fifteen minutes

If I have any time at all–to do reading and writing related to my academic work, that is–it seems to come in increments of 5 to 15 minutes. Usually it takes that long to decide which of the various projects I have going commands my attention just then. A couple of days ago, I spent a while thinking about despair (in the abstract, not while suffering from it, thankfully) after reading a comment by Evagrius on Psalm 41[42]: 6 and looking at Psalm 37, for example, but had to leave it in order to attend to some indispensable daily task or other.

Yesterday, my youngest child decided she needed a nap, and took herself off to bed. I thought she was playing awfully quietly… My older son was outside, happily tossing a football around. I thought I had about fifteen minutes to do a little work, maybe post about some of the things I have been working on lately. So I poked my head out to check on my son before I settled down to the computer for a bit.

“Will you come out and throw the football with me?” he called up. Since his dad is British, and not a fan of American football (and since I grew up with a dad who taught me to throw one), I am the designated player when it comes to that oddly-shaped brown ball. The friend my son usually plays with that afternoon was ill, and I knew he was disappointed. So, “yes,” I said, “all right, but just for a little bit.” Twenty minutes later, we were still playing.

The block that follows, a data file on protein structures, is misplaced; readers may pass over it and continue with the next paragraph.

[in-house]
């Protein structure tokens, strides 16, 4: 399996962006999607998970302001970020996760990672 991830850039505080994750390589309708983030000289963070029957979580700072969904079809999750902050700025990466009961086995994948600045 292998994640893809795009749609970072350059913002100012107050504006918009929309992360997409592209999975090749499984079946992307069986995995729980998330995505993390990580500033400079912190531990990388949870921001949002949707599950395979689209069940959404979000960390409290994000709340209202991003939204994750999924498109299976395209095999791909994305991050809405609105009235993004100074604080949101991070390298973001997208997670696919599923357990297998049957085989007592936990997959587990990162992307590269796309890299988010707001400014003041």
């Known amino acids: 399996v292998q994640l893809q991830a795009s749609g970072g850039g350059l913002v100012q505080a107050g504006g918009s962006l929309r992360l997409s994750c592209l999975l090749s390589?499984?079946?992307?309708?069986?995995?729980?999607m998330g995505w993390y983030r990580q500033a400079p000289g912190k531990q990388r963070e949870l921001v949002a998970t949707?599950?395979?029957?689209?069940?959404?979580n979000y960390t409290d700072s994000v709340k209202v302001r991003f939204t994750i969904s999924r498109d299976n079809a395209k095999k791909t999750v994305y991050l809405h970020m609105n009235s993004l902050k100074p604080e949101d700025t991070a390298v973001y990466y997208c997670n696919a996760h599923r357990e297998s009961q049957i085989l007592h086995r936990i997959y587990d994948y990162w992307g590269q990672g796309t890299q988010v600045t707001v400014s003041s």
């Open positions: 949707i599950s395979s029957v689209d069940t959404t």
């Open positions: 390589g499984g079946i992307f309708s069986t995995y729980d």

Whatever it was that I thought I needed to do those “fifteen” minutes–I never got round to deciding finally what I’d do–will happen eventually. But what I did do accomplished something more, I think, than any bit of work I might have chosen. And it will stay with me. At least until my arm isn’t sore any more.

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